The Philadelphia DA’s Office is considering reviewing certain cases of excessive sentences, including mandatory life without parole sentences, and will pursue a lesser sentence when legally viable. The trend toward electing reform-oriented, less punitive district attorneys across the country could lead to similar efforts at sentence review being implemented in DA offices on a national scale.
The Abolitionist Law Center is a public interest law firm inspired by the struggle of political and politicized prisoners, and organized for the purpose of abolishing class and race based mass incarceration in the United States. https://abolitionistlawcenter.org/
By Georgie “Big Georgie” Dalie (HC-9826 at SCI Greene)
Recently, I read an article entitled “Pollution Prison in Pennsylvania,” written by comrade Mumia Abu-Jamal (Prison Legal News vol. 26, no. 6, June 2015 issue, p. 60). The article was about the Fayette State Correctional Institution and the prisoners there being exposed to toxic coal waste (Fly Ash).
I was previously incarcerated at the Fayette institution from February 2011 until February 2013. During my time there, I was both a witness to and victim of the toxic environment. On so many mornings I remember leaving my housing unit (C-Block B-side) en route to the Facility dining hall, at which time I would witness a dusty substance that was very thick and made it difficult to see any farther than nine to twelve feet in any direction. I would eat the morning meal, then return to the housing unit. Before locking into my assigned prison cell, I would have to shake out my clothing to remove the same dusty substance. It would be all over the floor in front of the cell and I would have to clean it up with toilet tissue.
On those same mornings someone from the facility Deputy’s complex would get on the PA system and announce that due to “FOG ALERT” all outdoor recreation was canceled for the morning. I always had an issue with the fog alert claim because I would watch the local news and weather stations religiously and none of them had reported any fog in their forecasts. Prisoners would not receive outdoor recreation until after 1:00 PM on “Fog Alert” days.
When I would finally get to the Main Yard the sun would be shining and the dusty substance clouding the air earlier would then be settled on the grass and racetrack. That stuff would get all caked up on your boots and the bottom of your pants legs. Within a weeks time of purchasing some new kicks (sneakers or boots) and wearing them in the main yard the stitching would start to give way and then your kicks would fall apart.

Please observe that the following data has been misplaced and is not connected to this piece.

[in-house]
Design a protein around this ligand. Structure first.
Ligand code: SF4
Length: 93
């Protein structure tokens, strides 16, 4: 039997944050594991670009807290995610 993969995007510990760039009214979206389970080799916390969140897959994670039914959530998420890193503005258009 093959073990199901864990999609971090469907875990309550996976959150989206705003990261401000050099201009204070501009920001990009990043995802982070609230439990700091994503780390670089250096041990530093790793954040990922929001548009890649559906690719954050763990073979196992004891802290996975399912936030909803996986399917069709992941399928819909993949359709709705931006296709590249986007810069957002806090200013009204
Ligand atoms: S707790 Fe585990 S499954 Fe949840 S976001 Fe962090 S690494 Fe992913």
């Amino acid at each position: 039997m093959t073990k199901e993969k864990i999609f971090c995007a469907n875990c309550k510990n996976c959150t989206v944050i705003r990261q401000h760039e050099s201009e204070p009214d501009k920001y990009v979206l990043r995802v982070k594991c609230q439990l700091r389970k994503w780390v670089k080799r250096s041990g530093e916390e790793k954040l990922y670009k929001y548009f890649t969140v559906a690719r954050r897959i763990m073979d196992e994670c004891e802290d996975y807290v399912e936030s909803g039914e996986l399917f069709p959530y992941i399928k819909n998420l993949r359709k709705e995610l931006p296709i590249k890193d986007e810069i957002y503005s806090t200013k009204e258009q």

Then came the issue with the water. One of my comrades had warned me one evening that I should always run the sink water in my cell for at least twenty minutes before drinking it because staff and prisoners had been getting sick from a black substance turning up in it. I ran my sink for twenty minutes with a white cloth pressed on the faucet out of curiosity. When I finally pulled the cloth away and took a look at it, I did witness dark particles caked up on the cloth.
One evening during “Block-Out” (Open Dayroom where prisoners congregate to watch TV, use the phone, or play board games) I was in the staff hallway searching the game shelf for the Connect Four set when I witnessed a Department Directive posted to the staff bathroom door that directed all staff to refrain from consuming the facility’s tap water and that the electronic spring water system located in the hallway was for staff. I can only speculate as to why Fayette administrators would issue such directions to staff and not to prisoners also.
In 2012, I discovered thick, hard, shiny, grey, scabby spots appearing all over my body and inside my mouth. The spots on my body burned and itched severely and if I scratched or picked at them they would erupt and bleed. Soap, lotion, water, and even movement caused irritation and discomfort. The spots inside of my mouth were ulcerated and would cause a burning sensation that was difficult just to bear. No matter what I would eat: hot, cold, spicy, or mild, my mouth would be on fire.
In 2013, one of the scabby areas on my neck became so bad that I signed an agreement to allow medical staff to perform a biopsy on the affected area of my neck. The area was numbed via injection and a specimen (a nice size chunk of flesh from my neck) was severed (cut) from the affected area and sent to a lab for diagnostic study and/or evaluation. I agreed to the biopsy because I thought it would help medical staff figure out what was (and still is) wrong with me.
However, when the test results came back, I was told by the Physicians Assistant (PA) that I had something called “Lichen Planus.” She said it’s my fault that I have it and that it was from scratching. I informed the PA that I only scratched an area on my thigh once and that I never did it again because of the pain and bleeding I experienced. She became angry and began to yell at me, stating, “You did this to yourself.” I didn’t understand her anger so I didn’t say anything else. She prescribed me a steroid cream that only helped with the pain. She also told me that I would be stuck with “Lichen” for the rest of my life because there was no treatment for it.